Feb 9

How do you know when an idea might turn into poetry, creative nonfiction, or fiction?

3 comments

Pretty simply, if it just won't get out of my head. If I can't stop thinking about it, then it usually means I need to get it onto the page.

I admit, I don't generally write creative nonfiction-- most everything ends up turning into a short story. I always think of the first line first, and then the rest of the piece just flows from there. If I think of a first line that I just can't resist, I know it's a story worth writing.

 

Hmm... That’s a tough question, because ideas can come from anywhere, really. To quote Neil Gaiman, “You get ideas from daydreaming. You get ideas from being bored. You get ideas all the time. The only difference between writers and other people is we notice when we’re doing it.”

 

Some of the time, a story comes to me when I have an idea for a character and their conflict, or a specific image or symbol. It starts with a small kernel and then I build around it until I feel confident enough to start writing. But sometimes my ideas come from really unexpected places (from things that I’ve read, or from the people that I see around me). So I think it helps to be receptive to any ideas that pop into your head.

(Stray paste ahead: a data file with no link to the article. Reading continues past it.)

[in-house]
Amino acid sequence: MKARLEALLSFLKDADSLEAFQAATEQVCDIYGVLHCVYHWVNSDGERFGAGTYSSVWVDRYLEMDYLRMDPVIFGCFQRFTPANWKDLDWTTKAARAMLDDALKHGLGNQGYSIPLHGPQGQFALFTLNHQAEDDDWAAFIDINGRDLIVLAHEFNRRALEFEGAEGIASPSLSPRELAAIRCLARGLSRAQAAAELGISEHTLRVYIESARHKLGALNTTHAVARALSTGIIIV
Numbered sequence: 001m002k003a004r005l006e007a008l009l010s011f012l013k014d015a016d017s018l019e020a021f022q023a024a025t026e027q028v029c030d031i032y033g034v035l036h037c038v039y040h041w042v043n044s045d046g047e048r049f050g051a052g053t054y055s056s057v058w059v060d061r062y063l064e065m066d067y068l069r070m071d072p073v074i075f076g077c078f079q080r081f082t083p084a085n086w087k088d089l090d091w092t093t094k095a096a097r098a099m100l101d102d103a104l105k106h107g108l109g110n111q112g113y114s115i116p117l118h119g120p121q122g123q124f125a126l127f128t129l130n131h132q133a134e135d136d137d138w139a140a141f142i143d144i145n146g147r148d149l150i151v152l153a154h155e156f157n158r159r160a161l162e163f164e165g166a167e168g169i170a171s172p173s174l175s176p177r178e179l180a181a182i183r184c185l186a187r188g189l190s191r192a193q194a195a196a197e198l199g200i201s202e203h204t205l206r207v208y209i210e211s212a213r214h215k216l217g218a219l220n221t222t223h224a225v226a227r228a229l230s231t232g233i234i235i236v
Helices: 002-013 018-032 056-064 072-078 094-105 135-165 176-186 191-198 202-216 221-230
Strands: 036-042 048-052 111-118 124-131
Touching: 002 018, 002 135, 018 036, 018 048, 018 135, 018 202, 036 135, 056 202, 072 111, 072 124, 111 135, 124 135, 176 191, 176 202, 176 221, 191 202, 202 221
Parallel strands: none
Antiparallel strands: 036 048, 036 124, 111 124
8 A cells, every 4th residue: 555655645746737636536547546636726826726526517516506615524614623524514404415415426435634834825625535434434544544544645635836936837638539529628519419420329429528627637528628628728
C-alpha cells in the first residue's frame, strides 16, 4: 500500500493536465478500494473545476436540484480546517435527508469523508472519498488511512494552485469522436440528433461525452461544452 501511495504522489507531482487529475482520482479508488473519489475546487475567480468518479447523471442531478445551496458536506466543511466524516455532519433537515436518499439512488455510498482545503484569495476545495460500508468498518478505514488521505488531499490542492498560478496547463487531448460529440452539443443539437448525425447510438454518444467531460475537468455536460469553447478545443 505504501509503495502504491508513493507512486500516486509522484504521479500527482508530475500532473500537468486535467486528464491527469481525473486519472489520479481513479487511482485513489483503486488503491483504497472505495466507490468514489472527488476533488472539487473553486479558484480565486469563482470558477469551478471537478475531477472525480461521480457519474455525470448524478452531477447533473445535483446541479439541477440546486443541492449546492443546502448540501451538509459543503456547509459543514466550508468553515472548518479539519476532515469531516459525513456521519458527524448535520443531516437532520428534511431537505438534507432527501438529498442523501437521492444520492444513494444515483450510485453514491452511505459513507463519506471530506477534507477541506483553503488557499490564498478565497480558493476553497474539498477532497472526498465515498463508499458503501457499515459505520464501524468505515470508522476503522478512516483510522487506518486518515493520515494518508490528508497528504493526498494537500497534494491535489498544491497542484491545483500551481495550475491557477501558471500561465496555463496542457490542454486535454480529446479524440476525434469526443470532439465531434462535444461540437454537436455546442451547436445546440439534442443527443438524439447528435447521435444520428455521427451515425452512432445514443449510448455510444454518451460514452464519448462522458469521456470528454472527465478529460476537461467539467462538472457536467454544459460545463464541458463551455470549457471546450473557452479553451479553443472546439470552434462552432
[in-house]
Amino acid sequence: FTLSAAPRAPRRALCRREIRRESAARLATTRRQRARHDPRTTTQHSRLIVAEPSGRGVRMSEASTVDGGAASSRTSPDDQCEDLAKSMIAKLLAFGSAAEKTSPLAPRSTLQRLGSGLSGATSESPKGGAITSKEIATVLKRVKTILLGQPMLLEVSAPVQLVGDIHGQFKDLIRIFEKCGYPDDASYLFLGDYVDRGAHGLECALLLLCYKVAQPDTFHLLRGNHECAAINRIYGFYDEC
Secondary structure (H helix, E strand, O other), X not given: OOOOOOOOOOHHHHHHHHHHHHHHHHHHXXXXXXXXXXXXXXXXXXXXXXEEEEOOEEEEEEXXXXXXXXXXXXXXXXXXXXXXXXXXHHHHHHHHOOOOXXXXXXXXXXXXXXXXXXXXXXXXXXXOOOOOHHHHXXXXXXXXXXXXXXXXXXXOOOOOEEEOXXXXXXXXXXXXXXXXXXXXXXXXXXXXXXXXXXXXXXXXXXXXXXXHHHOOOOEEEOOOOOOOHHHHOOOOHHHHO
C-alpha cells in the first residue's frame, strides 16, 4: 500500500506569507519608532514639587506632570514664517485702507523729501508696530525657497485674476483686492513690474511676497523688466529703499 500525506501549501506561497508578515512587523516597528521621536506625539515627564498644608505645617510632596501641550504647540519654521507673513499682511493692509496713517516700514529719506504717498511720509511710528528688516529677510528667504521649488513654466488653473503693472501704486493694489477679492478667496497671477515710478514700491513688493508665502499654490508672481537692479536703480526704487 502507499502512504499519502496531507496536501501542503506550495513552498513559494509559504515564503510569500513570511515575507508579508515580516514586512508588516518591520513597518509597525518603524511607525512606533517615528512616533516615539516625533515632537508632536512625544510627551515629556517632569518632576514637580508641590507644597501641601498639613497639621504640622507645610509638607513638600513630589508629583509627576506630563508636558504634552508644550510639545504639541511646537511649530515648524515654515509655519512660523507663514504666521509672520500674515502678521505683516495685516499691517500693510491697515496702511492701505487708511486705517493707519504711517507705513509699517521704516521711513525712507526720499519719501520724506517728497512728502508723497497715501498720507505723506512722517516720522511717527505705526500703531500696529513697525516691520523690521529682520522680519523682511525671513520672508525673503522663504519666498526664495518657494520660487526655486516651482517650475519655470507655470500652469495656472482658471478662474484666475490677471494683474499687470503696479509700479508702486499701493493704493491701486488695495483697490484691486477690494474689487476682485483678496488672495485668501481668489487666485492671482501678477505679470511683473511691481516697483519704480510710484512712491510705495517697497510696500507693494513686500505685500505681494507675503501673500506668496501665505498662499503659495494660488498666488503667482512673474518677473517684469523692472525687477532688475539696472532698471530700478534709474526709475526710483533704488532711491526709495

Just a few months ago, I became inspired to write a story about a girl in Afghanistan who is learning how to skateboard, and the idea came to me because I read an article about a program called Skateistan, which is teaching young girls in Kabul how to skateboard. Normally, I don’t take much interest in writing sports fiction, but this stood out to me as something really different and something that I really wanted to see, as a writer. It was something completely random that I'd stumbled across by accident, but once the idea was stuck in my mind, I just couldn't chase it away. At the time, I didn’t have a specific character in mind yet, or even an idea for the storyline, but I knew that it was a story I needed to tell, because it kept coming back to haunt me. It wouldn’t leave me alone until I put words on the page.

 

So if you’re looking for ideas, I would suggest reading books for inspiration, or observing the world around you. Look for inspiration wherever you can find it, and if an idea just won’t go away, then chances are, it’s a story waiting to be written.

 

You’ll know that you have a good idea if it feels like poison ivy. You’ll need to scratch it, or else it will drive you crazy.

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